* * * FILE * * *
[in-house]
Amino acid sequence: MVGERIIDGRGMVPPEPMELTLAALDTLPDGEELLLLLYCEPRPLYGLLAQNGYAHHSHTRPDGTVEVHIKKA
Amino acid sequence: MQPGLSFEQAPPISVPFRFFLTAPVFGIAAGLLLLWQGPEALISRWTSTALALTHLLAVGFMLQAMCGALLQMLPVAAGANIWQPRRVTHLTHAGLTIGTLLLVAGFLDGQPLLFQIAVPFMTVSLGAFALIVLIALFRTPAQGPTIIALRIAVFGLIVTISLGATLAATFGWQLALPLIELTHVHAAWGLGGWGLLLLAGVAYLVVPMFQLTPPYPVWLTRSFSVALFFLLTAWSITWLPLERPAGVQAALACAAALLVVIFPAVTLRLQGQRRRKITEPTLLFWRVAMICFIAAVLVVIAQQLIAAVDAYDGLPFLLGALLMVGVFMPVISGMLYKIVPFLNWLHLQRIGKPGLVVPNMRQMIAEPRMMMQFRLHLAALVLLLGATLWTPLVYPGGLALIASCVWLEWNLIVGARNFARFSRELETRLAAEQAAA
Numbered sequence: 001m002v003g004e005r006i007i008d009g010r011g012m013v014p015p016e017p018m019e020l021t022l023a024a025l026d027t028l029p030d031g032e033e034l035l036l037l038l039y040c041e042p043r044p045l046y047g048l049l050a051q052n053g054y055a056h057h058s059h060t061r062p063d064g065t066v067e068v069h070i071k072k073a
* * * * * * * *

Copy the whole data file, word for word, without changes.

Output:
[in-house]
Amino acid sequence: MVGERIIDGRGMVPPEPMELTLAALDTLPDGEELLLLLYCEPRPLYGLLAQNGYAHHSHTRPDGTVEVHIKKA
Amino acid sequence: MQPGLSFEQAPPISVPFRFFLTAPVFGIAAGLLLLWQGPEALISRWTSTALALTHLLAVGFMLQAMCGALLQMLPVAAGANIWQPRRVTHLTHAGLTIGTLLLVAGFLDGQPLLFQIAVPFMTVSLGAFALIVLIALFRTPAQGPTIIALRIAVFGLIVTISLGATLAATFGWQLALPLIELTHVHAAWGLGGWGLLLLAGVAYLVVPMFQLTPPYPVWLTRSFSVALFFLLTAWSITWLPLERPAGVQAALACAAALLVVIFPAVTLRLQGQRRRKITEPTLLFWRVAMICFIAAVLVVIAQQLIAAVDAYDGLPFLLGALLMVGVFMPVISGMLYKIVPFLNWLHLQRIGKPGLVVPNMRQMIAEPRMMMQFRLHLAALVLLLGATLWTPLVYPGGLALIASCVWLEWNLIVGARNFARFSRELETRLAAEQAAA
Numbered sequence: 001m002v003g004e005r006i007i008d009g010r011g012m013v014p015p016e017p018m019e020l021t022l023a024a025l026d027t028l029p030d031g032e033e034l035l036l037l038l039y040c041e042p043r044p045l046y047g048l049l050a051q052n053g054y055a056h057h058s059h060t061r062p063d064g065t066v067e068v069h070i071k072k073a